The Miller Center for Public Affairs hosted a panel conversation on “Power in the age of populism” with author Bruce Katz Friday. The conversation focused largely on the concept of power cities, or cities comprised of innovative ideas and financial sustainability.
The conversation discussed key points in Katz’s recent book “The New Localism: How Cities can Thrive in the Age of Populism,” co-written with Jeremy Nowak, a Distinguished Visiting Fellow at Drexel University’s Lindy Institute for Urban Innovation. The conversation focused particularly in on the shift away from cities dependending on the national government.
Friday’s event was a part of a new series titled “The Miller Center Presents.” The new program follows the ending of , the Miller Center’s interview-based television show discussing American politics hosted by Miller Center senior fellow Doug Blackmon and broadcast on PBS. American Forum’s last episode aired March 4 due to lack of funding, however, the Miller Center will continue hosting similar events under the new program.
Guian McKee, an associate professor of presidential studies at the Miller Center, introduced Katz and concepts in his new book.
“What Bruce Katz really offers is a model at the local level [of] finding new ways to build partnerships across multiple spheres — civic, political, private — to find solutions to problems in their communities,” Mckee said. “Our hope was to generate a conversation around these issues to really give people a better sense of where the country is finding solutions that we often don’t see.”
McKee further explained how Katz explores several perspectives in his book — celebrating innovation and technologies within cities while offering solutions on how cities can finance themselves independent from the federal government.
“He’s also very aware that you can’t continue developing an economy that does not find a way to solve the larger problems of equity,” McKee said. “We especially have to [understand] that when we can’t assume that there will be solutions or finances coming from the federal level.”
Before the conversation began, Katz gave an overview of his book and the new responsibility cities have in solving issues relevant within the community. Katz explained how the book argues cities have undergone a “structural shift” in the world, in which the role of nation states and city states have reversed.
“Our book was about a city-led world where what you’re searching for is not the perfect rule or the perfect policy,” Katz said. “What you’re really searching for are norms and models, about how cities grow government and finance themselves.”
Katz further explains this argument in his book by providing three case studies of major cities — Pittsburgh in terms of its growth, Indianapolis on governance, and Copenhagen regarding finance.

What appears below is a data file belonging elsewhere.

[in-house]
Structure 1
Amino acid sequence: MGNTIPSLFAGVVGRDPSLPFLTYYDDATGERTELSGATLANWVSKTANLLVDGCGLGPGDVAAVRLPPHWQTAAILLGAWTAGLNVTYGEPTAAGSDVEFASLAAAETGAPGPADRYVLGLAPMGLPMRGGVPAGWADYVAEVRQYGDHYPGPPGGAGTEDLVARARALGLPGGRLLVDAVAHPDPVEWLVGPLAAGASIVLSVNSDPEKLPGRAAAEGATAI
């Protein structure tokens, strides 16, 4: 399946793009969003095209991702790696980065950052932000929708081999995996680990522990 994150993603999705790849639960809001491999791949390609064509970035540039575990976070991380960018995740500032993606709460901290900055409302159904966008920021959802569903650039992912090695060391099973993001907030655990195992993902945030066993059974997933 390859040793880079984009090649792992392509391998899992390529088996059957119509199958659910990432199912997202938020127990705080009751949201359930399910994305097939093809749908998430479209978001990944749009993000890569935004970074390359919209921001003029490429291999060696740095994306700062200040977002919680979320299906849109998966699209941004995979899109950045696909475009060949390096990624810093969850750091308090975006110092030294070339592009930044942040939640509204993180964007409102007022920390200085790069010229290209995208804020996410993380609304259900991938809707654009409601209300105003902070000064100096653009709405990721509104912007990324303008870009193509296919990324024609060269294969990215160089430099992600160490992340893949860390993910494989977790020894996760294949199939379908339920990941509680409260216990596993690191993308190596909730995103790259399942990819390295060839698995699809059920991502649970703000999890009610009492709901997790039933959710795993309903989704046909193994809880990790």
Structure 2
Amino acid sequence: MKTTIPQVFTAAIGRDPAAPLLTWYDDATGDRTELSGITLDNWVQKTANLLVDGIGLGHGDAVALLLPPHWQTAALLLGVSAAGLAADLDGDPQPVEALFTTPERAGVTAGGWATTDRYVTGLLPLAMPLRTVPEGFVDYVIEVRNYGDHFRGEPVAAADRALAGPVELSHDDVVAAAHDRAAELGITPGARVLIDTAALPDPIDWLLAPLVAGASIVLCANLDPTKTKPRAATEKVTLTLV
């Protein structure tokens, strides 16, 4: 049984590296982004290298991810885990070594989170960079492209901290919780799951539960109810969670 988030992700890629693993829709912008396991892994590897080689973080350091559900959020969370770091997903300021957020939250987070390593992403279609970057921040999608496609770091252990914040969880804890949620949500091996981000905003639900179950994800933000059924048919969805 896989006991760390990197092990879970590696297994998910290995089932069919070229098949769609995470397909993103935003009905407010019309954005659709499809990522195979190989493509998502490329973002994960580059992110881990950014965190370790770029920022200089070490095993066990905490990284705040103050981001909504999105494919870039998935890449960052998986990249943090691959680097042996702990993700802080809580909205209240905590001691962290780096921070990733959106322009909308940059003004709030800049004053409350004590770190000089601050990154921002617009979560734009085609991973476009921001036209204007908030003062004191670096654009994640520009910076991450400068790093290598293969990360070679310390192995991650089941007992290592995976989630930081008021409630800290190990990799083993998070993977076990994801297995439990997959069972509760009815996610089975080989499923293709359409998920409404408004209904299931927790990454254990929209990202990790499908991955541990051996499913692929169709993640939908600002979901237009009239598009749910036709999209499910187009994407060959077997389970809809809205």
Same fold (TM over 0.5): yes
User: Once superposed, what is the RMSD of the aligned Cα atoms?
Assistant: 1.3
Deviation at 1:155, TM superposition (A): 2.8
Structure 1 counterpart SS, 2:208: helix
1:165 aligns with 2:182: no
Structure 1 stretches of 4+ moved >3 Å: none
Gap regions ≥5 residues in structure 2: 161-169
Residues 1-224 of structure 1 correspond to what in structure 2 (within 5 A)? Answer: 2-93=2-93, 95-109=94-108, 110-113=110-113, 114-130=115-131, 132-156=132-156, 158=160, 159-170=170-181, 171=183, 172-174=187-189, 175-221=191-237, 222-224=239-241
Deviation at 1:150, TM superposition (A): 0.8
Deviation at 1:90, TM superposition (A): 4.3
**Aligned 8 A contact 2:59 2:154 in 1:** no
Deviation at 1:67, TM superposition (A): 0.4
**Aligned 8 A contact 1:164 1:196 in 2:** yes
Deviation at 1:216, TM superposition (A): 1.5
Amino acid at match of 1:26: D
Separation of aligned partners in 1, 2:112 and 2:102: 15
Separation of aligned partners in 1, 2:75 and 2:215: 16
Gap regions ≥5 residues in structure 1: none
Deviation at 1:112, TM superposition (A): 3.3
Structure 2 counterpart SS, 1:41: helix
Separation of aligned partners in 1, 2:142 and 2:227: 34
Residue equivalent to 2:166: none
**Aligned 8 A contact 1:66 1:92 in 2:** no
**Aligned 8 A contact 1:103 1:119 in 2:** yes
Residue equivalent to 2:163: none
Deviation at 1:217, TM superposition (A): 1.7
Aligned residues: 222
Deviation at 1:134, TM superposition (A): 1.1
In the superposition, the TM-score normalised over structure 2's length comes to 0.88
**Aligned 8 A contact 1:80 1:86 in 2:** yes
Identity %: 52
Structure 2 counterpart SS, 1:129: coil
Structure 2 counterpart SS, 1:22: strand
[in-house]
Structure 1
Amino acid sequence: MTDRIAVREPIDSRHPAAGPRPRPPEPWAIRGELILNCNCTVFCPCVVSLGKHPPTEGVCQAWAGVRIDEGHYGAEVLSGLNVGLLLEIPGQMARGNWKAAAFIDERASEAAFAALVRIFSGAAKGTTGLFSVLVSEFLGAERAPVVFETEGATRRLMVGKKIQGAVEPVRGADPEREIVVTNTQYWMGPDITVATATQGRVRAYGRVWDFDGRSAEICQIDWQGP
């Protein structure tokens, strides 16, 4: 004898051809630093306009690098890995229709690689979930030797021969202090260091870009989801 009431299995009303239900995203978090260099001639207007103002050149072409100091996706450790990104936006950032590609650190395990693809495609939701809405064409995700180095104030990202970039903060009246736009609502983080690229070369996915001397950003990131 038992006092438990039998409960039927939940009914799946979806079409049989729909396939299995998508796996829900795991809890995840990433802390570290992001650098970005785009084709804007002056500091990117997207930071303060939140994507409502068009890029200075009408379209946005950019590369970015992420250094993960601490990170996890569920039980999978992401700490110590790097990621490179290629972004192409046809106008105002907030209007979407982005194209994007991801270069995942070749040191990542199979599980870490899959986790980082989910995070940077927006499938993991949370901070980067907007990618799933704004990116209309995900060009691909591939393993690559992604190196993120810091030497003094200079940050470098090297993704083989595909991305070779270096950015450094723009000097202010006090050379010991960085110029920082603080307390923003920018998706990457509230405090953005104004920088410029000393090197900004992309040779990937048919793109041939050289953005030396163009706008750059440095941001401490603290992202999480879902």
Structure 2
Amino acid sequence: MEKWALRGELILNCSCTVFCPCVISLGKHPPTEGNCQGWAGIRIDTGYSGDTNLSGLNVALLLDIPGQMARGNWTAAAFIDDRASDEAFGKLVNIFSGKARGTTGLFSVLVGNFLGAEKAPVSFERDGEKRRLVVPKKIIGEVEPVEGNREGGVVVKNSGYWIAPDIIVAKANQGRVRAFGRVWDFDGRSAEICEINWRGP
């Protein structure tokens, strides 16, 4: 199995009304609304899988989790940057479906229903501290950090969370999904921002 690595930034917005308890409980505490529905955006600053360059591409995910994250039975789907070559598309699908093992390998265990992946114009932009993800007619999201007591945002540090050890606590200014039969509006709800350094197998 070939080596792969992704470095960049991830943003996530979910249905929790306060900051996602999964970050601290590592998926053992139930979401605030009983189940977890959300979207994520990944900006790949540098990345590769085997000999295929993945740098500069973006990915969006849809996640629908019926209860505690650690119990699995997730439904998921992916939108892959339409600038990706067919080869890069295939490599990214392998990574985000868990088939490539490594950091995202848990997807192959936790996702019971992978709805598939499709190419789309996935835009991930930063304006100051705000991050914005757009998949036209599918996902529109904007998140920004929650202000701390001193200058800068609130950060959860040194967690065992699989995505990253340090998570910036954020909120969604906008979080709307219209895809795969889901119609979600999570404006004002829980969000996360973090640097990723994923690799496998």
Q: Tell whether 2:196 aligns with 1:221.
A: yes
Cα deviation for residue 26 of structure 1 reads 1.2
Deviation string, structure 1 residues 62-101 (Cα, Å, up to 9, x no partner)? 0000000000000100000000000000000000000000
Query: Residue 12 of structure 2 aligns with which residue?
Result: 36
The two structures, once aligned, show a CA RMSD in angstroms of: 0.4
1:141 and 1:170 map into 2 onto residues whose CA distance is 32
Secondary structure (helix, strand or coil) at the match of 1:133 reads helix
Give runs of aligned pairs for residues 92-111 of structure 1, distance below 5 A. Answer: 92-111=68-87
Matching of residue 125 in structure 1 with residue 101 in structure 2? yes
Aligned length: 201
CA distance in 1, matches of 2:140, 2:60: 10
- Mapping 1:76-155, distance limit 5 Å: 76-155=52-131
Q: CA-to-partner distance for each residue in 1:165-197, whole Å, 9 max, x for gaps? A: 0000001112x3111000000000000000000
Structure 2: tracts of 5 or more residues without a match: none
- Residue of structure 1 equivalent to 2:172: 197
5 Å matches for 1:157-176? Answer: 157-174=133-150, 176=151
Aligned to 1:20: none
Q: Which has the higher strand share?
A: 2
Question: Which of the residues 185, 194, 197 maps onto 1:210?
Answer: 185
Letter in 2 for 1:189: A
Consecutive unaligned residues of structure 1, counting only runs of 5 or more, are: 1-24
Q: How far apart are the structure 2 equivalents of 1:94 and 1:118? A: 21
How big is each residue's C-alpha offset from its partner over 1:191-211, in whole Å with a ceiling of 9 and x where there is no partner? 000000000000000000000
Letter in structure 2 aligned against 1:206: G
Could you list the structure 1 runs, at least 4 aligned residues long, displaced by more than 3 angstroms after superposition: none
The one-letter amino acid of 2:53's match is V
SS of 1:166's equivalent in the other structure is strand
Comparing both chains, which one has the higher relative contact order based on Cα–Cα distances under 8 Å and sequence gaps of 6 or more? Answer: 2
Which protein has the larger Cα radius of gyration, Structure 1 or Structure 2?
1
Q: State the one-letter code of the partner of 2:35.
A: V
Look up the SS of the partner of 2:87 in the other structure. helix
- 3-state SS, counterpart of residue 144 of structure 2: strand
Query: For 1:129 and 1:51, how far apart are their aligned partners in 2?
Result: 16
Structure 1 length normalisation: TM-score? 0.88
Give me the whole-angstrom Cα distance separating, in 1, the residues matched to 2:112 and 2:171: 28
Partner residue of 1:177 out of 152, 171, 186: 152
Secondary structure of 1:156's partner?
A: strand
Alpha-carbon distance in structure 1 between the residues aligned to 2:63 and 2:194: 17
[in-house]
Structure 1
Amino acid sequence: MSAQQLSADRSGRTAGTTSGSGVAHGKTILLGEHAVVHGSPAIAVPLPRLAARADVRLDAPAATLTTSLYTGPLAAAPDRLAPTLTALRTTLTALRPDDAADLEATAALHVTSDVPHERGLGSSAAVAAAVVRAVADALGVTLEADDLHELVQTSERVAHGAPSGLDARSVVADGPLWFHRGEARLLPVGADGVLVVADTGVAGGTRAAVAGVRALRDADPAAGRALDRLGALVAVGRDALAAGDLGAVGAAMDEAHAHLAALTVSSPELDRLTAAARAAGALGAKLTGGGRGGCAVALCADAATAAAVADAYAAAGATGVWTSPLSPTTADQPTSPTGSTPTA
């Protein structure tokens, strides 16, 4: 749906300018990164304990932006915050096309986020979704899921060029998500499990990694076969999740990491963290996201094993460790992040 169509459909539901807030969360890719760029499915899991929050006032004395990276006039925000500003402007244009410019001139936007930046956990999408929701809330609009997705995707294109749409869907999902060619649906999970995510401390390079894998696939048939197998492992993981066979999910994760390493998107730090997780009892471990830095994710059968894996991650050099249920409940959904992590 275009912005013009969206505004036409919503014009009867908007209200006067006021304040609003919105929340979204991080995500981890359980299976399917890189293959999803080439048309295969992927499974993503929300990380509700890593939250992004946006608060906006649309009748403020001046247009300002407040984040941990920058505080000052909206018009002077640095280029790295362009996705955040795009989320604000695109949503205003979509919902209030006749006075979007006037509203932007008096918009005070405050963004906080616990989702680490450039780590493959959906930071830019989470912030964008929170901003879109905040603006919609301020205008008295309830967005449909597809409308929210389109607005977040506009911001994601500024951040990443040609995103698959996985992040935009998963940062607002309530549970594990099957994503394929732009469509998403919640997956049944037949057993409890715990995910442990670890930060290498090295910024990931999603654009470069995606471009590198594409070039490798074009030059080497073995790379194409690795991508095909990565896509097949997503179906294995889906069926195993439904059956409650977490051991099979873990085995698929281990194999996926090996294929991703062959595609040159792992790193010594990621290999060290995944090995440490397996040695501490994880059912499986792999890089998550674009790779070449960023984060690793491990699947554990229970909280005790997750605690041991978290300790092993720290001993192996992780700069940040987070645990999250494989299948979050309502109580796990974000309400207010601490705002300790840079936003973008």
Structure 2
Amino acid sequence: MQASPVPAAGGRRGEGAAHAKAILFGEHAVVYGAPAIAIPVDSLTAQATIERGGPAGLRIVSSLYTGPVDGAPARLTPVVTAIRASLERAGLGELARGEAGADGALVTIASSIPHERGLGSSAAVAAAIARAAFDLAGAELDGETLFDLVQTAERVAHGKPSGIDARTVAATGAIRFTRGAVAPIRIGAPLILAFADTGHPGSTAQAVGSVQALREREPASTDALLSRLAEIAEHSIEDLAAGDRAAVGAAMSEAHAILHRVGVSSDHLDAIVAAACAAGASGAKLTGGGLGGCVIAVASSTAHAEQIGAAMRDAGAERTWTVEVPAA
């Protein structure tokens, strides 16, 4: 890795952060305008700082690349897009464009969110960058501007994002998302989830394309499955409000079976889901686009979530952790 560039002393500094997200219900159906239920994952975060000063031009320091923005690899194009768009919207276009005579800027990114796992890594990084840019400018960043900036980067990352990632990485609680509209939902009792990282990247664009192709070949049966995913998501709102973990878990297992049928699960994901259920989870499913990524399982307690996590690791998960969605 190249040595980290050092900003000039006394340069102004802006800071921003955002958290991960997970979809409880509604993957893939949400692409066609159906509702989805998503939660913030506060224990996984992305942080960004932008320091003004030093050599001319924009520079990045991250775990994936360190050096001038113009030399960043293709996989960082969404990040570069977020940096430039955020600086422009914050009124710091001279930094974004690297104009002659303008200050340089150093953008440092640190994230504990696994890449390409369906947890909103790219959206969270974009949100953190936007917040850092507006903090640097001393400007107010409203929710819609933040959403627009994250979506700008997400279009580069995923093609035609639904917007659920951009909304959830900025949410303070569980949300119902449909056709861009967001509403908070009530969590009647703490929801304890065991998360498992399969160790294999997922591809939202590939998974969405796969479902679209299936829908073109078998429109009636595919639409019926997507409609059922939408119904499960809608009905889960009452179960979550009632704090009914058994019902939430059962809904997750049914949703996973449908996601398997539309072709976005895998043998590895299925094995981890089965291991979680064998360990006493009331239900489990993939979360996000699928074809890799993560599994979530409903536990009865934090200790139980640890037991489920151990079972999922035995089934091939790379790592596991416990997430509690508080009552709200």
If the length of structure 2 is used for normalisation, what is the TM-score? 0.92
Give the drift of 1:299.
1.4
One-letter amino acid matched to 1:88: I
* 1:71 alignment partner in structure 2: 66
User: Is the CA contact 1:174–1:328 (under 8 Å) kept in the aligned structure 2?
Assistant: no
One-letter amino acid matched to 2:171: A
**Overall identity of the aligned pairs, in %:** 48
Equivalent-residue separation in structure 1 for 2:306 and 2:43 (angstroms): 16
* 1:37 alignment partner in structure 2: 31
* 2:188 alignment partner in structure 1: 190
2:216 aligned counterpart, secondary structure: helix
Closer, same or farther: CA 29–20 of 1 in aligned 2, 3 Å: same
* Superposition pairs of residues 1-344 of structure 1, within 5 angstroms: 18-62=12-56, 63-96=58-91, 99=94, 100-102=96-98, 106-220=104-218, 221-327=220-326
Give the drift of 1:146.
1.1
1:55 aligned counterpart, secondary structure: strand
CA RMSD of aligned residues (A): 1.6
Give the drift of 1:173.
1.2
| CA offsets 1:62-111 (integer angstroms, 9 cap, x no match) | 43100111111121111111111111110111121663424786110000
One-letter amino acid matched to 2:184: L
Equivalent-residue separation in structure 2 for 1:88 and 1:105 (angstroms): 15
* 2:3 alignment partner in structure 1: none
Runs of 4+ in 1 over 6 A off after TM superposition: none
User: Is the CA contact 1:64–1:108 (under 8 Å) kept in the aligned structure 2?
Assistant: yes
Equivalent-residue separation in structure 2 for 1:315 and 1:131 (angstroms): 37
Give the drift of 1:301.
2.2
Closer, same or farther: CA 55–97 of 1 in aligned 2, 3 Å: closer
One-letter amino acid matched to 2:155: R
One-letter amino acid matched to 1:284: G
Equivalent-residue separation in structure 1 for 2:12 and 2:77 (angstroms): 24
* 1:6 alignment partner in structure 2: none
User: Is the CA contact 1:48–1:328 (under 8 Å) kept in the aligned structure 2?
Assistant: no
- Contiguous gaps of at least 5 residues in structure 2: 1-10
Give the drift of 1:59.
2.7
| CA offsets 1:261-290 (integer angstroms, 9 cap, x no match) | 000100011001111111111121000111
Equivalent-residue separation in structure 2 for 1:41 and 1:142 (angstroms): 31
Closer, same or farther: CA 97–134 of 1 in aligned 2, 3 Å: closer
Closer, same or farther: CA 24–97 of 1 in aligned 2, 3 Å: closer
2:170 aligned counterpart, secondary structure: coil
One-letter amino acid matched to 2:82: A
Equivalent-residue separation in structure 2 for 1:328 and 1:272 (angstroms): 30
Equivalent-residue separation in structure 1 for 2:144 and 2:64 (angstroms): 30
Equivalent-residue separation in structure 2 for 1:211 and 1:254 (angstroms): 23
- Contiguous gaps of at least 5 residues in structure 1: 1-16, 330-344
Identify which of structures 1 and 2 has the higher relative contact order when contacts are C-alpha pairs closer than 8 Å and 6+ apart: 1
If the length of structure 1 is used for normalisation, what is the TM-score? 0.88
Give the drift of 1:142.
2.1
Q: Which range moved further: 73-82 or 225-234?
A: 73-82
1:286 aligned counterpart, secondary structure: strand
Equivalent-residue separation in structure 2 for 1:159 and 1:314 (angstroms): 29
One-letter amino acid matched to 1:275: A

Another issue Katz addressed is the idea that cities are seen as networks separate from the government. With the rise of what he calls “global cities,” Katz examined how these cities allow for cities to reach new heights in ideas, innovation and capital.
In reference to the rise of populism, Katz argued pragmatism and regaining trust among the people will combat the rise of populism.
“I think we will be an antidote to populism,” Katz said. “I think that we will respond to populism with infectious pragmatism. And we’ll show the citizenry that we can solve problems, restore trust, ultimately that will change our politics.”
Kathy Galvin, a 1986 University Architecture master's degree graduate, local architect, urban designer and member of Charlottesville City Council, joined the conversation on the rise of power cities. Galvin discussed the tendency for cities to be seperate from their county and the next step being to establish a better connection among the two.
Third-year Engineering student Nathaniel Grevatt said he particularly enjoyed Galvin’s comments and response to issues discussed, such as the lack or inability of placing aesthetics within Charlottesville zoning.
“I was fascinated by the presence of the Council member here,” Grevatt said. “I thought that was a really cool ‘on the fly’ integration.”
The conversation also featured University Law Prof. Richard Schragger, who applauded Katz on his ability to discuss the role of power among cities. Schragger commented on how city efforts for regulation or legislation are often overridden by state legislators.
“What state legislators are able to do very regularly is to preempt local legislators,” Schragger said. “And we see that even in Charlottesville.”
In an interview with The Cavalier Daily, Katz said the main point he hoped the audience understood is the ability of cities to stand up and create change within the community.
“I would say that the most important takeaway is that cities have agency,” Katz said. “That they can actually stand up and take responsibility for multiple challenges … I think we just have to take responsibility at this level in our society.”